More evidence of the ills of the scientific establishment comes from Paolo De Coppi, an Italian expert in stem cell research. De Coppi claims that it took him seven years to get a paper published on his extensive experimental evidence that stem cells derived from amniotic fluid are more promising than those taken from embryos. After being rejected by four different journals, the study finally appeared in the January 2007 issue of Nature Biotechnology.
The publication created something of a sensation, making De Coppi the center of media attention. In an interview with the Italian ANSA news agency, the ground-breaking scientist stated his judgment that his study met with “resistance to the idea of finding an alternative to embryonic stem cells.” He attributed this resistance to the fact that many leading researchers are heavily invested in embryonic stem cell research, especially in the United States.
Indeed, whatever one may think about why the scientific community and its backers initially insisted on an approach to stem cells which completely disregards the right to life, embryonic research is now a highly-funded enterprise. The desire to keep one’s funding has always been a powerful motive for scientists to derail the promising alternatives of their colleagues. Some scientists are noble in their pursuit of their careers; others are not.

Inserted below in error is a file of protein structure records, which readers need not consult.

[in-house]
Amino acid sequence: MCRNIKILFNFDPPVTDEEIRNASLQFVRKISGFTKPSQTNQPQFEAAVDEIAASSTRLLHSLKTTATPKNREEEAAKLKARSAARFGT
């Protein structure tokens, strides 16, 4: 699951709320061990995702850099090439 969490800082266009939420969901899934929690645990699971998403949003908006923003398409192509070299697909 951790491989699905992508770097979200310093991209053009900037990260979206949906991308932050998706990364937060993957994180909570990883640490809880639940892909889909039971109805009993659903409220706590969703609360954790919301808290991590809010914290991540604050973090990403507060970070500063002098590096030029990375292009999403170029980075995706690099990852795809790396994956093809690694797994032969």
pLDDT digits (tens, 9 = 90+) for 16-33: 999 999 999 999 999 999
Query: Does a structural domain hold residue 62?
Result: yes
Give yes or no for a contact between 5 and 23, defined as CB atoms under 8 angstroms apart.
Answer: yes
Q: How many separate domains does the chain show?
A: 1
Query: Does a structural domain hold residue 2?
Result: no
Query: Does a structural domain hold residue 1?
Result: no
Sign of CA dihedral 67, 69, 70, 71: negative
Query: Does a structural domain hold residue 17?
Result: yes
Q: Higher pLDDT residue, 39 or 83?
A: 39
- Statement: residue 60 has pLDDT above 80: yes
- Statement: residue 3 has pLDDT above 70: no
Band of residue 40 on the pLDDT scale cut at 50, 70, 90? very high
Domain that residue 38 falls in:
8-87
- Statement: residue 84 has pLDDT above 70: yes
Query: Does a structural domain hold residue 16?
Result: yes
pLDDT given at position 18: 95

The scientific profession has no greater guarantee than any other against sloppy work, preconception, bias, obfuscation, chicanery and outright deceit. In science, as in everything else, gamesmanship and dishonesty thrive wherever large sums of money are at stake. Paolo De Coppi has stated that he is not personally opposed to embryonic research. But the difficulties he has faced speak volumes about the other moral problems afflicting today’s scientific establishment.
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